A Pressure Machine basically boils water in a chamber until the steam and pressure builds up enough to force the water through to the coffee. The steam is then used for frothing.
However, the water can get too hot and there may not be enough bar pressure to make a top-notch espresso.
A Pump Machine is more expensive, but more accurate. Because they have a separate tank and a Thermoblock system, the water is heated to the optimum temperature for making coffee (85-92°C), and sent through at the correct bar pressure.
Did somebody say Nespresso?
A Nespresso Maker is a great alternative to an Espesso Maker, and involves less effort and mess. Using a pod-system, the coffee is blended, roasted, grounded and then sealed in pod capsules that remain fresh for up to nine months.
Key points to consider when purchasing an Espresso Maker.
There are five key points to consider when buying your Espresso Maker: the valve, Thermoblock, filter holder, wattage and bar pressure.
Though most machines have a valve to control water flow, the best quality ones have solenoid valves. These increase water pressure at the point of delivery, and shut off once extraction is complete.
For authentic tasting coffee, it’s a good idea to have a coffee maker with a Thermoblock system. If you’re a latte drinker, consider getting a coffee maker with a Thermoblock system for frothing milk (120°C).
Filter holders should be kept as warm as possible, so think about the volume of coffee you are making. Basic models have aluminium holders but to retain heat for as long as possible, invest in a slightly dearer coffee maker with a brass filter holder.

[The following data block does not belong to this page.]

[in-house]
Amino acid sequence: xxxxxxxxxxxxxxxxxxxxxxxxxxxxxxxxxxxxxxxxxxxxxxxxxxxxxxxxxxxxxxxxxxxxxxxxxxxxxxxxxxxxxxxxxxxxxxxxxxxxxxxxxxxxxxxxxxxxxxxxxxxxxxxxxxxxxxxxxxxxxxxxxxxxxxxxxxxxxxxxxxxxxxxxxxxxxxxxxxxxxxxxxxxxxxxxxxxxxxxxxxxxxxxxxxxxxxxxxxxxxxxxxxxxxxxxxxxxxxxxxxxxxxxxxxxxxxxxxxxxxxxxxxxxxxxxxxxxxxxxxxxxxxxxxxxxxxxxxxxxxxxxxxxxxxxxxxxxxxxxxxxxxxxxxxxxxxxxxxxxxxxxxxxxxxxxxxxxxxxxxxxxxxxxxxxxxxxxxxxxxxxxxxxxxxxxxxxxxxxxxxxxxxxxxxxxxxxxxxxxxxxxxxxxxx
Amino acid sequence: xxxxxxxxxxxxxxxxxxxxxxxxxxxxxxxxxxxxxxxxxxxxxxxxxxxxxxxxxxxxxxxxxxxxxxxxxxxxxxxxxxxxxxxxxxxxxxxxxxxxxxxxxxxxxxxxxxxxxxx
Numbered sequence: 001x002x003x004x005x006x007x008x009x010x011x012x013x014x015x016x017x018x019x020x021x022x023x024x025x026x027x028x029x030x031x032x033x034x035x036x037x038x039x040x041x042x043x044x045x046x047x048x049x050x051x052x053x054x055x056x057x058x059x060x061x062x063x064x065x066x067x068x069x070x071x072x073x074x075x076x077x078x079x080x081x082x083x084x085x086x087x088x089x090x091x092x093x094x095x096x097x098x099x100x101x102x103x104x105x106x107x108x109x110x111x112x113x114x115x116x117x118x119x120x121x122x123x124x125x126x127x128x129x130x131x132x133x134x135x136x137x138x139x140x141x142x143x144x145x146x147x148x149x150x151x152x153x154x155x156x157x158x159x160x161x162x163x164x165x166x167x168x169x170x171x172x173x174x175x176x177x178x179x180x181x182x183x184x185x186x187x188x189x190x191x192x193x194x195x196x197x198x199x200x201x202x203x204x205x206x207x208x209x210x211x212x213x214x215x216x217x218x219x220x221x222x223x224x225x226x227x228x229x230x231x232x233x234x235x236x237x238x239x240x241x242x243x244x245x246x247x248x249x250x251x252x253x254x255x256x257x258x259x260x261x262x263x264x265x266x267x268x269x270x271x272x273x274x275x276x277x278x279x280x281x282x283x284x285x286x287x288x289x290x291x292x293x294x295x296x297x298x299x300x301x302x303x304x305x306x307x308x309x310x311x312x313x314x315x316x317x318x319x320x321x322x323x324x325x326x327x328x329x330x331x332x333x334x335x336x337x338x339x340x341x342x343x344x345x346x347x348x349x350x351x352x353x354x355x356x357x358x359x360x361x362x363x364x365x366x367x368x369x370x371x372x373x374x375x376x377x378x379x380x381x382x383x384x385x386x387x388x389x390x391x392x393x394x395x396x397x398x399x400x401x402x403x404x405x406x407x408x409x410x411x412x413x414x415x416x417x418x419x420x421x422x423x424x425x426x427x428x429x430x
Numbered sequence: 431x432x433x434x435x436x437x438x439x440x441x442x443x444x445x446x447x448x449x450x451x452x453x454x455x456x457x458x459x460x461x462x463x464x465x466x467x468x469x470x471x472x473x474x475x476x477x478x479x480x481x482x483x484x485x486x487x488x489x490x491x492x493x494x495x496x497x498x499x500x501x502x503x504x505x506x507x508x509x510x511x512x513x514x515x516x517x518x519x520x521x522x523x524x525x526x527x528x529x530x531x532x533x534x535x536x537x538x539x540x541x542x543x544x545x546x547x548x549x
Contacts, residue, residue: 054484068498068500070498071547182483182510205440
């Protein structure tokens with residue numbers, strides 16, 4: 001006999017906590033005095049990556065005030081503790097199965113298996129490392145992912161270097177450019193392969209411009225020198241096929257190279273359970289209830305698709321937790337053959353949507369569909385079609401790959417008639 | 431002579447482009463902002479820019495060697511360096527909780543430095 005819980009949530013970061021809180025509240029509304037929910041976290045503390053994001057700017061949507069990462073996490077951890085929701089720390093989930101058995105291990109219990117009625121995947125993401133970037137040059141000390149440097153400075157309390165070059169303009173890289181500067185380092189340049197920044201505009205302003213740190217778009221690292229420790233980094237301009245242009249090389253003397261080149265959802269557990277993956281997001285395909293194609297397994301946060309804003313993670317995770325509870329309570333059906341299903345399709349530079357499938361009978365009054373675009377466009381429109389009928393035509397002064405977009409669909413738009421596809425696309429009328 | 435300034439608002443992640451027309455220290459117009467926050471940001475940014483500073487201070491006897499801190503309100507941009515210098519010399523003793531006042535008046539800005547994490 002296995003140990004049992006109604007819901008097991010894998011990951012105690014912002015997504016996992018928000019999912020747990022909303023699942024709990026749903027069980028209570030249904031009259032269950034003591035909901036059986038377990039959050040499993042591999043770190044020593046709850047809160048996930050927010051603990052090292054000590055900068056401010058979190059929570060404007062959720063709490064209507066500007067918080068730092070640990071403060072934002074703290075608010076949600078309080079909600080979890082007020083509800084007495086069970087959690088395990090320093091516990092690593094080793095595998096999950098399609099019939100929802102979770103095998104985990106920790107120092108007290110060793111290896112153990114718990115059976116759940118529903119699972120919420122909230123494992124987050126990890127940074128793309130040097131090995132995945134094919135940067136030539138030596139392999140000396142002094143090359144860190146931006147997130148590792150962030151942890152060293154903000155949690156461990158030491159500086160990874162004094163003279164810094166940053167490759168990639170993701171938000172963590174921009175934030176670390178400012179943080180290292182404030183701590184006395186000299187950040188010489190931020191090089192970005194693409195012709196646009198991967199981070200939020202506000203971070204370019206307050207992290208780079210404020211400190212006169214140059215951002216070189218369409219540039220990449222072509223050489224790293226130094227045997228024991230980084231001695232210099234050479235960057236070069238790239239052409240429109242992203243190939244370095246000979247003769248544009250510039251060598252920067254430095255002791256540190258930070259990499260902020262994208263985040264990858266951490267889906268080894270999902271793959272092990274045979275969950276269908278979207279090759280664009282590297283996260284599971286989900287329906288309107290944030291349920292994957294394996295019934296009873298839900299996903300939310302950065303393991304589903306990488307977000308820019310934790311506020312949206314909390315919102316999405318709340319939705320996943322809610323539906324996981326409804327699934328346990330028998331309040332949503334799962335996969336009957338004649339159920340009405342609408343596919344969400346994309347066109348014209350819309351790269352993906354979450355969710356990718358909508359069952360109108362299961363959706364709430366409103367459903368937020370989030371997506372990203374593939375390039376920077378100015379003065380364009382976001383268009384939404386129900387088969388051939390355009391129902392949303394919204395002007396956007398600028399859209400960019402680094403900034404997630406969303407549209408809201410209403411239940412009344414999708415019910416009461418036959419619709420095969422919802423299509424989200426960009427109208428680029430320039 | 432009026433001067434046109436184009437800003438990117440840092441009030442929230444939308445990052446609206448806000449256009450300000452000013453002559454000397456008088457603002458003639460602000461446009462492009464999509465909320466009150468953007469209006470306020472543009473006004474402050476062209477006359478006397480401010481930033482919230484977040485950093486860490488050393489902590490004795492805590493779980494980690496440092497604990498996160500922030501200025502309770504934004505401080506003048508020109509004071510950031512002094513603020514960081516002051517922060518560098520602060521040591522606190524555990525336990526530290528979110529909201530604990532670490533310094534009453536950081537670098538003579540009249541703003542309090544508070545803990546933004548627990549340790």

High wattage machines are great if you are making large volumes, as the higher the wattage the faster the water is boiled.
Good bar pressure allows the steam to meet the coffee granules at the correct speed. The optimum bar pressure is 15-19; if it’s too slow the taste will be affected.
Classic hues or vibrant shades?
Whatever your style, there is a rainbow of colours, styles and sizes to choose from when picking out the perfect coffee maker.
If you’re looking for something to fit in your classically styled kitchen, opt for a black, silver or cream coffee maker.
But if it’s a bold slash of colour you want on your counter, major brands have a huge range to choose from. Just make sure it doesn’t clash too heavily with the rest of your kitchen appliances!
A timer is a fantastic feature if you’re someone who wants to wake up with a bang to the smell of fresh coffee. It allows you to set the brewing time as you please, so by setting the machine to brew automatically for when you wake, it gives you the luxury of having fresh coffee to pour first thing.
Is there anything else I should know?
Yes. Some Filter Coffee Makers use a pod system, which is basically another way of producing filter coffee, minus the mess of unsealed granules.
If you do buy a Filter coffee maker with a pod system, it’s a good idea to check the pod compactability; if you have a large machine and only make one cup, you’re at risk of wasting good coffee.
If you want the option to make a cappuccino, look for a machine with an integrated milk frother, or buy a milk frother gadget separately to attach.
Often with Nespresso makers, you can only stick to the brand, so bear that in mind when deciding which one to go for, as you will be stuck with that supplier!
It’s always good to look for a coffee maker with a self-cycle system, as it makes it easier and quicker to keep it clean.